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List of streaky hitters?

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Postby GotowarMissAgnes » Sat Mar 10, 2007 2:59 pm

[quote="Trojan PonyYeah, I kinda feel the same way, and I hope there's some data out there (that SI article is a good start). I still think trying to identify streaky hitters by consensus is better than nothing at all. Point well taken though, I agree.[/quote]


I looked at the SI article, but felt the opposite. It was mostly a bunch of random speculations without any evidence for its claims. Not a good start at all, IMO.

The way to do this would be to look at hitters data on a monthly or weekly basis, and calculate a measure of variance in player performance. Players with the greatest variance would be those having the greatest month to month or week to week variation in their performance. In other words, a guy who batted the exact same week after week or month after month would have a variance of 0.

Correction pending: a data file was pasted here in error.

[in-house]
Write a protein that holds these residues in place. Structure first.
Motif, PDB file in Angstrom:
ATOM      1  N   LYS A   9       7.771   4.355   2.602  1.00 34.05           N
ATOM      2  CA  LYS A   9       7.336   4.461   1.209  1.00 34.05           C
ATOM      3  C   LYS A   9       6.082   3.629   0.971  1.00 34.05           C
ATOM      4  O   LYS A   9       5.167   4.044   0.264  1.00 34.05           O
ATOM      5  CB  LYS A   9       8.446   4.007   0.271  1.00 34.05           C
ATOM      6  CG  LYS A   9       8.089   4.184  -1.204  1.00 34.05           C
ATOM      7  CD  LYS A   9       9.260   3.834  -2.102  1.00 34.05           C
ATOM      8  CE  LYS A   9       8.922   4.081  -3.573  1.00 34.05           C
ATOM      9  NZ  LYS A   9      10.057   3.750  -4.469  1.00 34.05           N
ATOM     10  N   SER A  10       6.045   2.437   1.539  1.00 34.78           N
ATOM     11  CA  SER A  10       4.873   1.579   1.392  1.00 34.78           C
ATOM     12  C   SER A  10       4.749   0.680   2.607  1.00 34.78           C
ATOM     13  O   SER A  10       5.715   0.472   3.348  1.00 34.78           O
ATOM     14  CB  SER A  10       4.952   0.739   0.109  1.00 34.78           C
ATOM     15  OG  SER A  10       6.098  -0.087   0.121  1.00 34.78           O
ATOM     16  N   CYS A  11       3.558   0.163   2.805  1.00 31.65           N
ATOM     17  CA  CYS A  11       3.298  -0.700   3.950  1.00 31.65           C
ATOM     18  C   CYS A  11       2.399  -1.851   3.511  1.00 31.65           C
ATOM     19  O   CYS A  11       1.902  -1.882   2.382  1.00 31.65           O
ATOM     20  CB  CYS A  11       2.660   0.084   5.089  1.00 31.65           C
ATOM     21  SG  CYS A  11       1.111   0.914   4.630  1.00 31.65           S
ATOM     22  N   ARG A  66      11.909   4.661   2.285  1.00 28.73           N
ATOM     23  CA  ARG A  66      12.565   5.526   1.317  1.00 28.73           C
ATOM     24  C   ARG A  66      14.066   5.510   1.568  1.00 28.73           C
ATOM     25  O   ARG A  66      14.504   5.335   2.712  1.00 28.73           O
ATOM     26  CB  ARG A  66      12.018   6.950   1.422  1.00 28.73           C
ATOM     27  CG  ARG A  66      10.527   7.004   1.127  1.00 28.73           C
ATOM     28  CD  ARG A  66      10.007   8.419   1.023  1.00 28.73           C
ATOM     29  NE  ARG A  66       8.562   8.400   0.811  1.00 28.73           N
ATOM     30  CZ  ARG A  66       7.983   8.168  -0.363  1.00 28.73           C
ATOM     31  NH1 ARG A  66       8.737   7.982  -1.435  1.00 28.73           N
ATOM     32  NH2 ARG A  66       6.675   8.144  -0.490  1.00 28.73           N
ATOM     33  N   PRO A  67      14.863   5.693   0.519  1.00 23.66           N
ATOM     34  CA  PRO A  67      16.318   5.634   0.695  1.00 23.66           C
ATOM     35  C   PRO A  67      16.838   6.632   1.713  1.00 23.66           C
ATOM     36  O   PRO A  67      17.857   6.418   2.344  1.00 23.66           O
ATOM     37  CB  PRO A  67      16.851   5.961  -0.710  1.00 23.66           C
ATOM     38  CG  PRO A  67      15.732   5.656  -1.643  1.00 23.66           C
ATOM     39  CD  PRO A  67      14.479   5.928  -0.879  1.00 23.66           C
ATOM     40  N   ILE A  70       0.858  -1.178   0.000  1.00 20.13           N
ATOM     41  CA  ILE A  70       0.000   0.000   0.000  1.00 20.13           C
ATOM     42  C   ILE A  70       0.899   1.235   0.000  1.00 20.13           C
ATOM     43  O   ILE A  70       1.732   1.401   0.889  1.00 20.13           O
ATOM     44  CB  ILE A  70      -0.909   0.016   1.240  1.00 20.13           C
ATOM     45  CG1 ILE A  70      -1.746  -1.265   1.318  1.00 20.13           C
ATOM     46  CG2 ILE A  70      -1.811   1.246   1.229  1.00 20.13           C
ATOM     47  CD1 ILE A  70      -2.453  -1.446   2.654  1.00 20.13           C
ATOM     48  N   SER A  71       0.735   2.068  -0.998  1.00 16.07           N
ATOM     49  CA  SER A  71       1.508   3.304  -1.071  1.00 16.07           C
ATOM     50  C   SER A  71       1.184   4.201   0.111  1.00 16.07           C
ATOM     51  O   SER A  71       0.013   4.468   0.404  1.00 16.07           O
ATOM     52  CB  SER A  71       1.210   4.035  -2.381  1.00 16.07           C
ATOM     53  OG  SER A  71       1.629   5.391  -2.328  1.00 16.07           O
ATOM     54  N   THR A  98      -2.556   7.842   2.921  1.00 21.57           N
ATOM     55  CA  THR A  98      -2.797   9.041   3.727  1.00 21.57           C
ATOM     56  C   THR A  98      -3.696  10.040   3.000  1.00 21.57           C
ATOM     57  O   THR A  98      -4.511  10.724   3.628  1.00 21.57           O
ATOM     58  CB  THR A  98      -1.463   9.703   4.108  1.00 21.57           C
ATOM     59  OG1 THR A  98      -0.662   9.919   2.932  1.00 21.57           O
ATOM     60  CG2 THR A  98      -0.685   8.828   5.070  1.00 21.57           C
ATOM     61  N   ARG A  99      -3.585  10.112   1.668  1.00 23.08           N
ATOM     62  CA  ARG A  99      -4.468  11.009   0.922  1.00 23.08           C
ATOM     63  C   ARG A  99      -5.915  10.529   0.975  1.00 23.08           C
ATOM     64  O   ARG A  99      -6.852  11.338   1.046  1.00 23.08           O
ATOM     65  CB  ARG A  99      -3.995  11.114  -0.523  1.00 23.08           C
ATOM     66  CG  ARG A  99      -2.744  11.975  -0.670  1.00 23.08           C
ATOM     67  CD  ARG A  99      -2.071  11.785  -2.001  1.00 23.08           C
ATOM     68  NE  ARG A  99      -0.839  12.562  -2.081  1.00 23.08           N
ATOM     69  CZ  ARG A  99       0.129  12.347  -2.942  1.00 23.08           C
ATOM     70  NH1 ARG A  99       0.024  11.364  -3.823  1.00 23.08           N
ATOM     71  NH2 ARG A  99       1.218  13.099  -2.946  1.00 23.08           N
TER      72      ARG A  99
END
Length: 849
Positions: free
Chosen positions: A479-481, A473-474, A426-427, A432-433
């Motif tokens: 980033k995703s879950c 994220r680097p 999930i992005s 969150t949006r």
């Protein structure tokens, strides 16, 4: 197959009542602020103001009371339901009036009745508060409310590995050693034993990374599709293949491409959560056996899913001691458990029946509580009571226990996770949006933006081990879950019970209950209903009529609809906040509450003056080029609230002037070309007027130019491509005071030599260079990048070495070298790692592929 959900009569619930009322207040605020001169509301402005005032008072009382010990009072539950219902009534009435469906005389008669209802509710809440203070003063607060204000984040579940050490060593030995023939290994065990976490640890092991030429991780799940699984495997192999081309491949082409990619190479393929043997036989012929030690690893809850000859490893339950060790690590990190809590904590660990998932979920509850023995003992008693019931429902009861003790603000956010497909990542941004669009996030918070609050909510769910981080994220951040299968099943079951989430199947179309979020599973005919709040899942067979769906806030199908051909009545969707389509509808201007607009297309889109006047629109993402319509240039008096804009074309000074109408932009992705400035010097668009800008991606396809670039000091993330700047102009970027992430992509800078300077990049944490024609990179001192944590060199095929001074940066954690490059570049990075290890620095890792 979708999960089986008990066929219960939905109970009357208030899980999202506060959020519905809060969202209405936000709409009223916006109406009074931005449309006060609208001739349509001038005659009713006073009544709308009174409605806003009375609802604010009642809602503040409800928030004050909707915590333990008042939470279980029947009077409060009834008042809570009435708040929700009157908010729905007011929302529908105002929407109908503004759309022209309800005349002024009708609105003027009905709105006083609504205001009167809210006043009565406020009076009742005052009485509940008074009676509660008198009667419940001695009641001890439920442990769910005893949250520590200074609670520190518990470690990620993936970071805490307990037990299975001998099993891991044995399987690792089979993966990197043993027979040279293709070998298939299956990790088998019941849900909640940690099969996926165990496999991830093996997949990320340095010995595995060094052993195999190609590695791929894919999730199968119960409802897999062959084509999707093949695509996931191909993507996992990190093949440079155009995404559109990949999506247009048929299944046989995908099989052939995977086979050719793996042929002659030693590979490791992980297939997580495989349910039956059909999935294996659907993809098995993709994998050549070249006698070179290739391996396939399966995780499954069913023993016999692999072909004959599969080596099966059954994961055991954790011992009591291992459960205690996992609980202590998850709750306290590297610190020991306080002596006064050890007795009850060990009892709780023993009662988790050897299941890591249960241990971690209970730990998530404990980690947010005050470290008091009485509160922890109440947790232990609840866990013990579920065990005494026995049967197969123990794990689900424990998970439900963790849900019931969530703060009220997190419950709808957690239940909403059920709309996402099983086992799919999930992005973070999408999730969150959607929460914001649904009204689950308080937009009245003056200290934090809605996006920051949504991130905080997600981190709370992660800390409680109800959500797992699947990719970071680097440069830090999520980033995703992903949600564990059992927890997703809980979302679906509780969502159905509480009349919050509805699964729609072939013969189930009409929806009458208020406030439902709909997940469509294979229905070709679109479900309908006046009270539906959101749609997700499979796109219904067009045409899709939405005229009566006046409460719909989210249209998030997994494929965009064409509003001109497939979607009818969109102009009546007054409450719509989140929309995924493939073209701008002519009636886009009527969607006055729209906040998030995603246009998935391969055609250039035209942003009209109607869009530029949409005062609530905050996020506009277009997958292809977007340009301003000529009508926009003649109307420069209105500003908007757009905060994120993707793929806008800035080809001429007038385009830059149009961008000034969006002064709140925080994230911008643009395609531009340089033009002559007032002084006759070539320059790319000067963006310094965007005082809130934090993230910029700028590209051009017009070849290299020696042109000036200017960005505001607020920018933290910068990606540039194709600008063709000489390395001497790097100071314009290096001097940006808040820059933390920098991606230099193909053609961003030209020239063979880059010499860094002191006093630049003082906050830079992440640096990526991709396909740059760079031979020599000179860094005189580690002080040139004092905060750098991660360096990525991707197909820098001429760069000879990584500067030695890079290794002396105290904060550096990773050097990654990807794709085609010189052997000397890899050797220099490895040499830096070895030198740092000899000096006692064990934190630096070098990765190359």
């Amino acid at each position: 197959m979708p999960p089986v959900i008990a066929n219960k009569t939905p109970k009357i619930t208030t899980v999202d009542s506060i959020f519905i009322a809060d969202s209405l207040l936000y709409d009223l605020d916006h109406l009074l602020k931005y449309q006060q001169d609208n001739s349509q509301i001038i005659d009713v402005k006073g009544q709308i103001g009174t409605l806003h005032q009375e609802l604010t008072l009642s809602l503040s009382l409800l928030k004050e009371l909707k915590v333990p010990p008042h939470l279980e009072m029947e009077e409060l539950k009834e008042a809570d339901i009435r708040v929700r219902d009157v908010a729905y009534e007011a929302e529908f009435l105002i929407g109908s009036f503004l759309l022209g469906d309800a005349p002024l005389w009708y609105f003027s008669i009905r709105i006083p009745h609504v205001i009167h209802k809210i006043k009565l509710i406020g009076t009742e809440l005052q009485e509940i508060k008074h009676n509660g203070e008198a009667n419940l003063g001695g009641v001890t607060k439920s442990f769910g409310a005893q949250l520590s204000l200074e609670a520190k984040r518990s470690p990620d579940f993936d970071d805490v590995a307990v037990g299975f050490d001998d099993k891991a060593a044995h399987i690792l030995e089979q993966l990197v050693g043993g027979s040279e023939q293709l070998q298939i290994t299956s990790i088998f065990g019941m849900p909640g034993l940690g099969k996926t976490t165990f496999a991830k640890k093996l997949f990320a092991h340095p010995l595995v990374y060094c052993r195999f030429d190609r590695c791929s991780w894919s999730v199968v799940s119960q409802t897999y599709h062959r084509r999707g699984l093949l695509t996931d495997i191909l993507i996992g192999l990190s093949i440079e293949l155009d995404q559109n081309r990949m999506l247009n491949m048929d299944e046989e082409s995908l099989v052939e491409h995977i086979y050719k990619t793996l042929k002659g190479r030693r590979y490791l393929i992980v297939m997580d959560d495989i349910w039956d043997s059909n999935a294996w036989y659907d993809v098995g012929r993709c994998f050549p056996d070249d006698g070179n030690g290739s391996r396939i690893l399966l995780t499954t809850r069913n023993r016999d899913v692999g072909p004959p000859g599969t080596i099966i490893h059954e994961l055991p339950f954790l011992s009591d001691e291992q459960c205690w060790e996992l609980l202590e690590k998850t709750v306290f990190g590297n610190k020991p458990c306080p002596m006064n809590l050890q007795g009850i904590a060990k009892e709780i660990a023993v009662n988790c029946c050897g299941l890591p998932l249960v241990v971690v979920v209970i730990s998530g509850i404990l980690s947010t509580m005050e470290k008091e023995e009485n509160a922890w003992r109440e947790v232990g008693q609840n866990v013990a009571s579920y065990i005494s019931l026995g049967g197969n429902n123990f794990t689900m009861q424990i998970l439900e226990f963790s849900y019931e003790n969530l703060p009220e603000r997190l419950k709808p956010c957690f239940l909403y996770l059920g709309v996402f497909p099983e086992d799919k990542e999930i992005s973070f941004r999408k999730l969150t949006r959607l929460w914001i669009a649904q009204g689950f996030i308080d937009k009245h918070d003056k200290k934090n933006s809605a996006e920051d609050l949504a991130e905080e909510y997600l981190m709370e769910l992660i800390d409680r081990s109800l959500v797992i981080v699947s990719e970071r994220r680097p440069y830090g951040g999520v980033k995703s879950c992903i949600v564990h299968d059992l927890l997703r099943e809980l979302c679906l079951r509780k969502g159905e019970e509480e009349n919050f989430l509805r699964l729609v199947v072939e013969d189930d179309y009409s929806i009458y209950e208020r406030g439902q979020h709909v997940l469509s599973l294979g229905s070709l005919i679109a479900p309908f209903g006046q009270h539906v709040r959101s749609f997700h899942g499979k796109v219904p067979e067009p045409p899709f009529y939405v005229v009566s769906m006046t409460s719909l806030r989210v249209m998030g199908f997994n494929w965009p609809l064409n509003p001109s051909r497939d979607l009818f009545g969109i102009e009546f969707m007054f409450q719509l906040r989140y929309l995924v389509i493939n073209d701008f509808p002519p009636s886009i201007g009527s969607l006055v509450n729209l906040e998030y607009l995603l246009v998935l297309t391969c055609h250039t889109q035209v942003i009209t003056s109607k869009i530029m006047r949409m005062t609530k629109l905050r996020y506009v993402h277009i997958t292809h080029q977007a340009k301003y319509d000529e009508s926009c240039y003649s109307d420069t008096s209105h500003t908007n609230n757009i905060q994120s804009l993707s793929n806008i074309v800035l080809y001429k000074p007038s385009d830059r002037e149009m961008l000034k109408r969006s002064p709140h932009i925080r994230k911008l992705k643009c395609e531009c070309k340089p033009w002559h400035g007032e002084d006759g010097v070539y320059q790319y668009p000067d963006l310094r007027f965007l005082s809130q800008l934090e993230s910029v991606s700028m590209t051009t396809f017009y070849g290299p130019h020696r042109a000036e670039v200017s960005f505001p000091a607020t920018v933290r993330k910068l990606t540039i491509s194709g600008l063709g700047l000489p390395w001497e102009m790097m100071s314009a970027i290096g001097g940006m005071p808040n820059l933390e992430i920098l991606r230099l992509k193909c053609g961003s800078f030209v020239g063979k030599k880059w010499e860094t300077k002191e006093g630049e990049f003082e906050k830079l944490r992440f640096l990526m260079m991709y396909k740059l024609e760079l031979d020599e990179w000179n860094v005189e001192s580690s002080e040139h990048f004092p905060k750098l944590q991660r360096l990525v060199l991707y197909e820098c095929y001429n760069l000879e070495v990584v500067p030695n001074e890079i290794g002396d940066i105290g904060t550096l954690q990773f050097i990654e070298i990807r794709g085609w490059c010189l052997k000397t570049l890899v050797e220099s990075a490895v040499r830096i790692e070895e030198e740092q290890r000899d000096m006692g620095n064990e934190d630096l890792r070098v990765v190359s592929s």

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Re: List of streaky hitters?

Postby AdvRider » Sat Mar 10, 2007 4:48 pm

Trojan Pony wrote:I'm wondering if anyone out there compiled a list of streaky hitters for this year based on real data.


Good list. Add Bill Hall and Eric Byrnes. The real data behind Byrnes is that anytime he gets hot and I pick him up, he suddenly gets colder than a penguin ... :-?
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Postby tms298 » Sat Mar 10, 2007 4:55 pm

GotowarMissAgnes wrote:I looked at the SI article, but felt the opposite. It was mostly a bunch of random speculations without any evidence for its claims. Not a good start at all, IMO.

The way to do this would be to look at hitters data on a monthly or weekly basis, and calculate a measure of variance in player performance. Players with the greatest variance would be those having the greatest month to month or week to week variation in their performance. In other words, a guy who batted the exact same week after week or month after month would have a variance of 0.


This is absolutely correct. They didn't look for consistency on a week in and week out basis. They looked for outperformance against a benchmark for most weeks. Looking at the players that were on the list for being "consistent", they were all top tier players who you would expect to be better than average on a given week.